Thursday 21 February 2019

Thousands lose power supply as Melbourne tries to stay cool in 44C heat

A young fan cools off a fountain in the hot conditions during day 11 of the 2019 Australian Open at Melbourne Park on January 24, 2019 in Melbourne, Australia. (Photo by Matt King/Getty Images)
A young fan cools off a fountain in the hot conditions during day 11 of the 2019 Australian Open at Melbourne Park on January 24, 2019 in Melbourne, Australia. (Photo by Matt King/Getty Images)
A man walks through a mist tunnel to cool off on day 12 of the Australian Open tennis tournament in Melbourne on January 25, 2019. (Photo by Saeed KHAN / AFP)
A man walks through a mist tunnel to cool off on day 12 of the Australian Open tennis tournament in Melbourne on January 25, 2019. (Photo by Saeed KHAN / AFP)
Children walk through a mist tunnel to cool off on day 12 of the Australian Open tennis tournament in Melbourne on January 25, 2019. (Photo by Saeed KHAN / AFP)
A man and a child walk through a mist tunnel to cool off on day 12 of the Australian Open tennis tournament in Melbourne on January 25, 2019. (Photo by Saeed KHAN / AFP)
A man cools down in front of a mist fan on day 12 of the Australian Open tennis tournament in Melbourne on January 25, 2019. (Photo by Saeed KHAN / AFP)
A man cools down in front of a mist fan on day 12 of the Australian Open tennis tournament in Melbourne on January 25, 2019.SAEED KHAN/AFP/Getty Images
Independent.ie Newsdesk

Independent.ie Newsdesk

Tens of thousands of Melbourne homes and businesses have lost power as air-conditioners combatting temperatures of 44C taxed the power supply.

The city on the south coast of Australia was expected to see its hottest day since February 7, 2009 - a day of catastrophic wildfires that is remembered as Black Saturday.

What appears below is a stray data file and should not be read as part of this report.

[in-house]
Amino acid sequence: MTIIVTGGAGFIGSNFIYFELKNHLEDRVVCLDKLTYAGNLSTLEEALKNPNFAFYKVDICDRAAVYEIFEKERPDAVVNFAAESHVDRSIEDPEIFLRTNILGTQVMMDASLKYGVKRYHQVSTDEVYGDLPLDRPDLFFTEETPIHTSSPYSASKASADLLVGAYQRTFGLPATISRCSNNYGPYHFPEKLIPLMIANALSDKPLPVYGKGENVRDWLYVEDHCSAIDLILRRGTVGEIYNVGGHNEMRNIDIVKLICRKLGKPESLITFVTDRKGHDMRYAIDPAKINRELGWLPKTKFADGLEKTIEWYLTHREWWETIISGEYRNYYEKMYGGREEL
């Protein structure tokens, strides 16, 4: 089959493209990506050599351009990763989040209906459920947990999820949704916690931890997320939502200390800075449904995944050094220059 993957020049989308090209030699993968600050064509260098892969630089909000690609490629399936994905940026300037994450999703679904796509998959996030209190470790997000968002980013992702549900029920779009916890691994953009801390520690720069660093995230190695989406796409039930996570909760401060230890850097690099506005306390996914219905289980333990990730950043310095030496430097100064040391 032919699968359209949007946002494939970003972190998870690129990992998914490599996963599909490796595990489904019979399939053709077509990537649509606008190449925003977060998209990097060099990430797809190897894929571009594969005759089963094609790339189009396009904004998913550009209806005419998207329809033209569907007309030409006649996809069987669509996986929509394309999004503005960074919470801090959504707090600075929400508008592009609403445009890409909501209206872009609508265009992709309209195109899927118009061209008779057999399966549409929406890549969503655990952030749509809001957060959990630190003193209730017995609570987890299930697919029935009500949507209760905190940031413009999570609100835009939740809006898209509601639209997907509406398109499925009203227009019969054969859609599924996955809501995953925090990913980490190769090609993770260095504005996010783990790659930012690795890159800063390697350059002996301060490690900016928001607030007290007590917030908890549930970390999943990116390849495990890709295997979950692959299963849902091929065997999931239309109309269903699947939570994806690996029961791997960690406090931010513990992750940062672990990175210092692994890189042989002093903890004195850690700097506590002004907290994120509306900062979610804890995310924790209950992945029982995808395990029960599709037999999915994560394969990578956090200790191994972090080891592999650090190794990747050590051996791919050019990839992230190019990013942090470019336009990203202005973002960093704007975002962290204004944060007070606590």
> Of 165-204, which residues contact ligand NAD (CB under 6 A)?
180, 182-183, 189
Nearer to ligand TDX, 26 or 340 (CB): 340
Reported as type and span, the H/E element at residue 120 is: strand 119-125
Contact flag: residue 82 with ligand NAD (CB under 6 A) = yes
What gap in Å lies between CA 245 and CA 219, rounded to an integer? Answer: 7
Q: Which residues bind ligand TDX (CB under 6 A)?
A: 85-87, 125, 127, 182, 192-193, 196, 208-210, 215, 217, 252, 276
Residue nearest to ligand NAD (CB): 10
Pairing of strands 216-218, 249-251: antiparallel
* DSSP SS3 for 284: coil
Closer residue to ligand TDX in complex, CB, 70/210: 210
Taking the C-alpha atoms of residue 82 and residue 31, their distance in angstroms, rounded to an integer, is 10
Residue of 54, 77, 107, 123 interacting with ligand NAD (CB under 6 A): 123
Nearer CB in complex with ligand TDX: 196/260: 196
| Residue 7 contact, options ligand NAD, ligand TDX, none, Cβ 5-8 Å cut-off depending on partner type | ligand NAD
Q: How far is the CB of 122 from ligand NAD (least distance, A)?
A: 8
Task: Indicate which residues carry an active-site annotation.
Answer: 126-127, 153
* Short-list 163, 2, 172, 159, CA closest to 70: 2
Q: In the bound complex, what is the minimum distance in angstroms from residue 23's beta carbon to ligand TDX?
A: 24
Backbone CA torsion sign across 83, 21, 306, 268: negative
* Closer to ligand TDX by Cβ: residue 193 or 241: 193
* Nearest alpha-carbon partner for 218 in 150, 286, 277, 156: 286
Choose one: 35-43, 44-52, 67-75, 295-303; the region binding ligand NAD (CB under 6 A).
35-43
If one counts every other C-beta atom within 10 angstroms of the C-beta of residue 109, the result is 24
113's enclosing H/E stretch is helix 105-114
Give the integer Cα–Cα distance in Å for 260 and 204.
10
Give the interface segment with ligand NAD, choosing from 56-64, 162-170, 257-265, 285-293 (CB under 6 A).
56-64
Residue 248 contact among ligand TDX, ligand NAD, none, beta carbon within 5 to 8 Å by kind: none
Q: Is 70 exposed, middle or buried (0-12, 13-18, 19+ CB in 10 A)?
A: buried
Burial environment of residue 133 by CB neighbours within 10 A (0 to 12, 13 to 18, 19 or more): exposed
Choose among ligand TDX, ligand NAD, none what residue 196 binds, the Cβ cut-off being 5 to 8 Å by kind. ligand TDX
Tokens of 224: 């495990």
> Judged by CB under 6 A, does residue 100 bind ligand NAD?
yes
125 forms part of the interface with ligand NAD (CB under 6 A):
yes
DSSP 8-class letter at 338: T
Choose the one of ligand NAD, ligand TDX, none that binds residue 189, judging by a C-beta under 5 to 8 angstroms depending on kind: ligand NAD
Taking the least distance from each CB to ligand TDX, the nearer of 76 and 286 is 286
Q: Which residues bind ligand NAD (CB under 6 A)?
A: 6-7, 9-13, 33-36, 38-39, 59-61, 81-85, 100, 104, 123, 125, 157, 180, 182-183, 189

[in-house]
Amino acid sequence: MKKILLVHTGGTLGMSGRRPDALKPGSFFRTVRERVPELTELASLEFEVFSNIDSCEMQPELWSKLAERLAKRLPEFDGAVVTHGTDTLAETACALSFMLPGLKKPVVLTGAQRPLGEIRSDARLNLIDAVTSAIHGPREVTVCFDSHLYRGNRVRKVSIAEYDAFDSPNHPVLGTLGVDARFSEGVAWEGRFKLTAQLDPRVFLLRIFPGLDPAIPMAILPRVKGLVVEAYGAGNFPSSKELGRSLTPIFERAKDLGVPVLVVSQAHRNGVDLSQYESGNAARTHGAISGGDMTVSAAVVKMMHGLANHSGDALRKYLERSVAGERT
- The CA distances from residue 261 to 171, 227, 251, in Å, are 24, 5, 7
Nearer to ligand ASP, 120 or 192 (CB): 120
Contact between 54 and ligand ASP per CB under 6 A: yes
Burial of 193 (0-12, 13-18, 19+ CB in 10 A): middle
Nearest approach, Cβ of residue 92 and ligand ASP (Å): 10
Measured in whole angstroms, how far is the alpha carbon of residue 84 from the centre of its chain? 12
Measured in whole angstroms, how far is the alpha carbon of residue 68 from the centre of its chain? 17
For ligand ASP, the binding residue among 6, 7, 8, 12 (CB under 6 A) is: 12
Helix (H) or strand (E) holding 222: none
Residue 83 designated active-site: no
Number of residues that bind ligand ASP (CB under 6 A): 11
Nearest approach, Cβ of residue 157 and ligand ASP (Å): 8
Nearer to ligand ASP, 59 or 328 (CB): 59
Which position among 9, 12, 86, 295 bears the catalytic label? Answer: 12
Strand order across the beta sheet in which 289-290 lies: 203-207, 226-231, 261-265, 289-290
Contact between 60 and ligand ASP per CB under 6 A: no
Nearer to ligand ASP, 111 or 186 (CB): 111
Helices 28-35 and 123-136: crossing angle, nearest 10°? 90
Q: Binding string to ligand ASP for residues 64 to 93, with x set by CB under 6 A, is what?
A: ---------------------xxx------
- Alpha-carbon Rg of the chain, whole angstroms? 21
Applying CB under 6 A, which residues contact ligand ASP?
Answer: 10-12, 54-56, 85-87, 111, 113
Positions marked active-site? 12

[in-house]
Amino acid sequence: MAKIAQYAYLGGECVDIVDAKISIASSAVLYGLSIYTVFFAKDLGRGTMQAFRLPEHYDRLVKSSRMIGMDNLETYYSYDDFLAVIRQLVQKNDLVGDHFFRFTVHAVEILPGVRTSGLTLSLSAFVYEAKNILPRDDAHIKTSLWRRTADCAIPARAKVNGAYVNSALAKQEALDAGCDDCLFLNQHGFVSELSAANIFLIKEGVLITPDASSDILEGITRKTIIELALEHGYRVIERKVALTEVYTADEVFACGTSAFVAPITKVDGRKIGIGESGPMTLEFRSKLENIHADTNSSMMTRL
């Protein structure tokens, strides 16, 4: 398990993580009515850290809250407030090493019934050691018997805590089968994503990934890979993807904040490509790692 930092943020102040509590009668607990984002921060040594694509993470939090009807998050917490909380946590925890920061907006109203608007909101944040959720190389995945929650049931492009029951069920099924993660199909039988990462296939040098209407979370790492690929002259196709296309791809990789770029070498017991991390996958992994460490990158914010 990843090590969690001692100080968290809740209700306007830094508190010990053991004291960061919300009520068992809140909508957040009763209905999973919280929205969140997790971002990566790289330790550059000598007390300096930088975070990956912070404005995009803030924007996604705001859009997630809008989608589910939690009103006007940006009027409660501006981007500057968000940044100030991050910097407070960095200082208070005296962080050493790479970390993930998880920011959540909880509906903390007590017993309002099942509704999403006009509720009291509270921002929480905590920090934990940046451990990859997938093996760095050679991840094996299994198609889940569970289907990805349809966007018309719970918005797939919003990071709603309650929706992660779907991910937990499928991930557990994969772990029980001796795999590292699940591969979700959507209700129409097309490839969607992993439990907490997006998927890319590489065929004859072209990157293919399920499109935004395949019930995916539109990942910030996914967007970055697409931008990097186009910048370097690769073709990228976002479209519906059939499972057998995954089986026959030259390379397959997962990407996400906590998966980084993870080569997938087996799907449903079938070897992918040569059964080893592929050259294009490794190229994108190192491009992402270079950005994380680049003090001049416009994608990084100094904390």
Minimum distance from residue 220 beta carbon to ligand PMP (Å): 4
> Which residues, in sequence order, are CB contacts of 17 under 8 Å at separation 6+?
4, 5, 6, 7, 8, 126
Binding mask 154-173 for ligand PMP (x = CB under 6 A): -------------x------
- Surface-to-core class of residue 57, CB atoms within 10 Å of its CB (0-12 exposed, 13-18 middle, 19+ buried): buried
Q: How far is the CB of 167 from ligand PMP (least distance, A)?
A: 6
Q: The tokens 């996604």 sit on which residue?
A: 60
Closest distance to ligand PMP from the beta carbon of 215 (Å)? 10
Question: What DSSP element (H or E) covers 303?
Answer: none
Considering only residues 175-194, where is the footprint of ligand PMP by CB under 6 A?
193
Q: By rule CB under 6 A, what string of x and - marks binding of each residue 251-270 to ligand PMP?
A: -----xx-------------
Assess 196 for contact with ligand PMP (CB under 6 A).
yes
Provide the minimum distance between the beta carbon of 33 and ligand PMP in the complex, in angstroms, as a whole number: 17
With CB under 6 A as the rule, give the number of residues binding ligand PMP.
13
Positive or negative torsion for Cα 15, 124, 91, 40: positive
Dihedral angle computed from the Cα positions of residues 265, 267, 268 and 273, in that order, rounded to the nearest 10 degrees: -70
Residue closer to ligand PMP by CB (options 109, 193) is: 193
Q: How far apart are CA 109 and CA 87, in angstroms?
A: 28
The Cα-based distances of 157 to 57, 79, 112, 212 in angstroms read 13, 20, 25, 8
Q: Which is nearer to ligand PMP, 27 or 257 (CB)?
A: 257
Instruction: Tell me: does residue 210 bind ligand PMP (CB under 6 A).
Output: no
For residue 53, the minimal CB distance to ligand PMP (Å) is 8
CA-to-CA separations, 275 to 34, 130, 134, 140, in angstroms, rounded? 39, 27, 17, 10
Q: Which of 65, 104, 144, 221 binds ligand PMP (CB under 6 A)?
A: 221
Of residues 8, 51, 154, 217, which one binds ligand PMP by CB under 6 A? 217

That day, the temperature soared to 46.4, with wildfires killing 173 people and razing more than 2,000 homes in Victoria.

Scores of wildfires are raging in heatwave conditions across much of drought-parched southeast Australia, with authorities warning the fire risk is high.

A man and a child walk through a mist tunnel to cool off on day 12 of the Australian Open tennis tournament in Melbourne on January 25, 2019. (Photo by Saeed KHAN / AFP)
A man and a child walk through a mist tunnel to cool off on day 12 of the Australian Open tennis tournament in Melbourne on January 25, 2019. (Photo by Saeed KHAN / AFP)

Audrey Zibelman, chief executive of the Australian Energy Market Operator, which manages the national electricity grid, said three heat-stressed coal-fired generators had failed in Victoria and a fourth was expected to shut down on Friday.

The grid began loading-sharing as temperatures climbed in the early afternoon, with 30,000 households and businesses at a time being switched off for as long as two hours so that supply could keep up with demand, Mr Zibelman said.

Essential services such as hospitals were quarantined.

Alcoa, the state's largest power user, agreed to power down its aluminium smelter.

A man cools down in front of a mist fan on day 12 of the Australian Open tennis tournament in Melbourne on January 25, 2019. (Photo by Saeed KHAN / AFP)
A man cools down in front of a mist fan on day 12 of the Australian Open tennis tournament in Melbourne on January 25, 2019. (Photo by Saeed KHAN / AFP)

Several other businesses also agreed to wind down their operators during the period of extraordinary demand to spare the city's power.

Black Saturday had been the hottest day ever recorded by a major Australian city until Adelaide reached a searing 46.6C on Thursday.

A man cools down in front of a mist fan on day 12 of the Australian Open tennis tournament in Melbourne on January 25, 2019.SAEED KHAN/AFP/Getty Images
A man cools down in front of a mist fan on day 12 of the Australian Open tennis tournament in Melbourne on January 25, 2019.SAEED KHAN/AFP/Getty Images

The South Australia state capital of 1.3 million people - 400 miles west of Melbourne - beat its previous 80-year-old record of 46.1C set on January 12, 1939, and records tumbled in smaller towns across the state.

The South Australian town of Port Augusta, with a population of 15,000, topped the state at 49.5C.

A man walks through a mist tunnel to cool off on day 12 of the Australian Open tennis tournament in Melbourne on January 25, 2019. (Photo by Saeed KHAN / AFP)
A man walks through a mist tunnel to cool off on day 12 of the Australian Open tennis tournament in Melbourne on January 25, 2019. (Photo by Saeed KHAN / AFP)

The Australian Open tennis tournament in Melbourne invoked its extreme-heat policy on Thursday and closed the main stadium's roof during a women's semifinal match.

Bureau of Meteorology forecaster Rob Sharpe said he would not be surprised if this January becomes Australia's hottest January on record with heatwave conditions likely to persist.

Reuters

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